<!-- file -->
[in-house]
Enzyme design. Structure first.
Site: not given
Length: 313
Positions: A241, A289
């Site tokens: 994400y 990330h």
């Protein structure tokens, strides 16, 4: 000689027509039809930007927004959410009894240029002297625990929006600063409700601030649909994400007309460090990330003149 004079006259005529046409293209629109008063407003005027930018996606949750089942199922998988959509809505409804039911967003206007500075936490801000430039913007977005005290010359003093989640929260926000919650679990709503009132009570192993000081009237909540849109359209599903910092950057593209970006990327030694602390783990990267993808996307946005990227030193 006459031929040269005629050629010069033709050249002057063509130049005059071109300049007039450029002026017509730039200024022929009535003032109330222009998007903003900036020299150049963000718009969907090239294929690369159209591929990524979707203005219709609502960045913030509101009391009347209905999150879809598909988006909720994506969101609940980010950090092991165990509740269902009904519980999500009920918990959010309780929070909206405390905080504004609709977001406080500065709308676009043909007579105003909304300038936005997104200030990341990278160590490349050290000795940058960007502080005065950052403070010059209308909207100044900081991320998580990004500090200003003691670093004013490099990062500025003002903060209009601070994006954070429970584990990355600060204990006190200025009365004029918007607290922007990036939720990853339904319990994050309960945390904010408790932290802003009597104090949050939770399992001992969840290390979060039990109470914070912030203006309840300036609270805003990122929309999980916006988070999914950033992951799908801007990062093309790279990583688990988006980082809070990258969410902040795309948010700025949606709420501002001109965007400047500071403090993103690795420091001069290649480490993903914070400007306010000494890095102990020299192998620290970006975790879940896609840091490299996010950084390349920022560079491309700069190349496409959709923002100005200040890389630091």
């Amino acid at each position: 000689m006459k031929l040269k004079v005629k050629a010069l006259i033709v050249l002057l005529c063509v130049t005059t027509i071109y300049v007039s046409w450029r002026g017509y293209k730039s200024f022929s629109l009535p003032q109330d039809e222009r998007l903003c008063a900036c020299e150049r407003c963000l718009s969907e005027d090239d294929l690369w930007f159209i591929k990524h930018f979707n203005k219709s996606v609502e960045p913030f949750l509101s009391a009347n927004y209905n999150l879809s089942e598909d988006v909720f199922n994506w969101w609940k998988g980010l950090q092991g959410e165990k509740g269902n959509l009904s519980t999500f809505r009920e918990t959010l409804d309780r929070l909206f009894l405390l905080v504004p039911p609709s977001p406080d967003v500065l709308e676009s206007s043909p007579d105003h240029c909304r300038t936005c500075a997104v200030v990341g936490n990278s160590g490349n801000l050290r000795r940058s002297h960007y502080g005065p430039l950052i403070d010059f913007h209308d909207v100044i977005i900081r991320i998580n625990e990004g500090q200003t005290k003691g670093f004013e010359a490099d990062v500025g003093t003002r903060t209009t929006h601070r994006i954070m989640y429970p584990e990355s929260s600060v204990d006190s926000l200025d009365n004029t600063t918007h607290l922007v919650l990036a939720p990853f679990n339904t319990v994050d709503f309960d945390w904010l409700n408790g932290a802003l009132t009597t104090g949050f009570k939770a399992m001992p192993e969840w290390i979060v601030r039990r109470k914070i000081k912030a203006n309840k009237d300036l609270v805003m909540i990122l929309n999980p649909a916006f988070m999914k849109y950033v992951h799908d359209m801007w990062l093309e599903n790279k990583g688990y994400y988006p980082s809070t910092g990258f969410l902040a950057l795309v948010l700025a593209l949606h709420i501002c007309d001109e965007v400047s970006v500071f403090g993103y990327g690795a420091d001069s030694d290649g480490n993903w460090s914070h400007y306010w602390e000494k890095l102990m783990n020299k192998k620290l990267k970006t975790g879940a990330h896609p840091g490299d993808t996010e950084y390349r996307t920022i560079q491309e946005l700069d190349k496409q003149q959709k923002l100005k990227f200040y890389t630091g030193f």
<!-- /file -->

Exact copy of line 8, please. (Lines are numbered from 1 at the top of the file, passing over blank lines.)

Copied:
């Amino acid at each position: 000689m006459k031929l040269k004079v005629k050629a010069l006259i033709v050249l002057l005529c063509v130049t005059t027509i071109y300049v007039s046409w450029r002026g017509y293209k730039s200024f022929s629109l009535p003032q109330d039809e222009r998007l903003c008063a900036c020299e150049r407003c963000l718009s969907e005027d090239d294929l690369w930007f159209i591929k990524h930018f979707n203005k219709s996606v609502e960045p913030f949750l509101s009391a009347n927004y209905n999150l879809s089942e598909d988006v909720f199922n994506w969101w609940k998988g980010l950090q092991g959410e165990k509740g269902n959509l009904s519980t999500f809505r009920e918990t959010l409804d309780r929070l909206f009894l405390l905080v504004p039911p609709s977001p406080d967003v500065l709308e676009s206007s043909p007579d105003h240029c909304r300038t936005c500075a997104v200030v990341g936490n990278s160590g490349n801000l050290r000795r940058s002297h960007y502080g005065p430039l950052i403070d010059f913007h209308d909207v100044i977005i900081r991320i998580n625990e990004g500090q200003t005290k003691g670093f004013e010359a490099d990062v500025g003093t003002r903060t209009t929006h601070r994006i954070m989640y429970p584990e990355s929260s600060v204990d006190s926000l200025d009365n004029t600063t918007h607290l922007v919650l990036a939720p990853f679990n339904t319990v994050d709503f309960d945390w904010l409700n408790g932290a802003l009132t009597t104090g949050f009570k939770a399992m001992p192993e969840w290390i979060v601030r039990r109470k914070i000081k912030a203006n309840k009237d300036l609270v805003m909540i990122l929309n999980p649909a916006f988070m999914k849109y950033v992951h799908d359209m801007w990062l093309e599903n790279k990583g688990y994400y988006p980082s809070t910092g990258f969410l902040a950057l795309v948010l700025a593209l949606h709420i501002c007309d001109e965007v400047s970006v500071f403090g993103y990327g690795a420091d001069s030694d290649g480490n993903w460090s914070h400007y306010w602390e000494k890095l102990m783990n020299k192998k620290l990267k970006t975790g879940a990330h896609p840091g490299d993808t996010e950084y390349r996307t920022i560079q491309e946005l700069d190349k496409q003149q959709k923002l100005k990227f200040y890389t630091g030193f």